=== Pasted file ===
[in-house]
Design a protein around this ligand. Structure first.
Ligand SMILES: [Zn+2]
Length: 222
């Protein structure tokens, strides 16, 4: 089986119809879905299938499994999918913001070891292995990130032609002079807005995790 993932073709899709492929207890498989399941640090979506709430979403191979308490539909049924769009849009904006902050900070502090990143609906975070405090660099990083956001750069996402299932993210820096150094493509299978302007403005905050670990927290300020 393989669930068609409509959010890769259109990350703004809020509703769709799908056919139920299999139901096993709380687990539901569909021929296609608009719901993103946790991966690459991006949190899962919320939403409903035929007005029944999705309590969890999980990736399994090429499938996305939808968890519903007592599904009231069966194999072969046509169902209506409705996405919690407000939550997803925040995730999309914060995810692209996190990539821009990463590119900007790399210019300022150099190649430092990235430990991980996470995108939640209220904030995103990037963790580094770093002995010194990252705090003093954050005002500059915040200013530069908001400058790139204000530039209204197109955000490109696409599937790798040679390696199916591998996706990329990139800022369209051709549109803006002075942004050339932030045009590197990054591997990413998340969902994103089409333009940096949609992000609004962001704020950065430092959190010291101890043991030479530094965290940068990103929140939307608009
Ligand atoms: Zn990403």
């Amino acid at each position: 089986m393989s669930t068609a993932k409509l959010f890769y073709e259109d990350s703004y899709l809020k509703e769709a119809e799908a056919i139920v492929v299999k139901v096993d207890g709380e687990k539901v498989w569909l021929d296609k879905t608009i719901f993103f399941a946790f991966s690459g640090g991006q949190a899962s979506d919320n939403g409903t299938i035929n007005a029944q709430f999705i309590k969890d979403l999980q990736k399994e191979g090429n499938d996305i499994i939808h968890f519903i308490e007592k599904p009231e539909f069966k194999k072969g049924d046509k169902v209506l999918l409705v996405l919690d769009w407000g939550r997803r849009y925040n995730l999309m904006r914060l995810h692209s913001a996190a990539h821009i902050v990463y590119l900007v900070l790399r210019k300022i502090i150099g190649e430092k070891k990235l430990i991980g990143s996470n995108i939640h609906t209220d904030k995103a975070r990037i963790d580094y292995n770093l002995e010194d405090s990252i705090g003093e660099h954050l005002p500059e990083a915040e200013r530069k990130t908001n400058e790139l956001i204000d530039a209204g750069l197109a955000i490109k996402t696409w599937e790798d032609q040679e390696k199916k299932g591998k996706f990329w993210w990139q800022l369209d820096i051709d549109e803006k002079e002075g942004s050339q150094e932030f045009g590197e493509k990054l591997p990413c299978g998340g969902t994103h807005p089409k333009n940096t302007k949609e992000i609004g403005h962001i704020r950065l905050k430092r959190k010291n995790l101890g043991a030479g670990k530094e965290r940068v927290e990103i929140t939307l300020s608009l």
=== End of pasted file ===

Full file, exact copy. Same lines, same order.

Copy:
[in-house]
Design a protein around this ligand. Structure first.
Ligand SMILES: [Zn+2]
Length: 222
């Protein structure tokens, strides 16, 4: 089986119809879905299938499994999918913001070891292995990130032609002079807005995790 993932073709899709492929207890498989399941640090979506709430979403191979308490539909049924769009849009904006902050900070502090990143609906975070405090660099990083956001750069996402299932993210820096150094493509299978302007403005905050670990927290300020 393989669930068609409509959010890769259109990350703004809020509703769709799908056919139920299999139901096993709380687990539901569909021929296609608009719901993103946790991966690459991006949190899962919320939403409903035929007005029944999705309590969890999980990736399994090429499938996305939808968890519903007592599904009231069966194999072969046509169902209506409705996405919690407000939550997803925040995730999309914060995810692209996190990539821009990463590119900007790399210019300022150099190649430092990235430990991980996470995108939640209220904030995103990037963790580094770093002995010194990252705090003093954050005002500059915040200013530069908001400058790139204000530039209204197109955000490109696409599937790798040679390696199916591998996706990329990139800022369209051709549109803006002075942004050339932030045009590197990054591997990413998340969902994103089409333009940096949609992000609004962001704020950065430092959190010291101890043991030479530094965290940068990103929140939307608009
Ligand atoms: Zn990403």
């Amino acid at each position: 089986m393989s669930t068609a993932k409509l959010f890769y073709e259109d990350s703004y899709l809020k509703e769709a119809e799908a056919i139920v492929v299999k139901v096993d207890g709380e687990k539901v498989w569909l021929d296609k879905t608009i719901f993103f399941a946790f991966s690459g640090g991006q949190a899962s979506d919320n939403g409903t299938i035929n007005a029944q709430f999705i309590k969890d979403l999980q990736k399994e191979g090429n499938d996305i499994i939808h968890f519903i308490e007592k599904p009231e539909f069966k194999k072969g049924d046509k169902v209506l999918l409705v996405l919690d769009w407000g939550r997803r849009y925040n995730l999309m904006r914060l995810h692209s913001a996190a990539h821009i902050v990463y590119l900007v900070l790399r210019k300022i502090i150099g190649e430092k070891k990235l430990i991980g990143s996470n995108i939640h609906t209220d904030k995103a975070r990037i963790d580094y292995n770093l002995e010194d405090s990252i705090g003093e660099h954050l005002p500059e990083a915040e200013r530069k990130t908001n400058e790139l956001i204000d530039a209204g750069l197109a955000i490109k996402t696409w599937e790798d032609q040679e390696k199916k299932g591998k996706f990329w993210w990139q800022l369209d820096i051709d549109e803006k002079e002075g942004s050339q150094e932030f045009g590197e493509k990054l591997p990413c299978g998340g969902t994103h807005p089409k333009n940096t302007k949609e992000i609004g403005h962001i704020r950065l905050k430092r959190k010291n995790l101890g043991a030479g670990k530094e965290r940068v927290e990103i929140t939307l300020s608009l």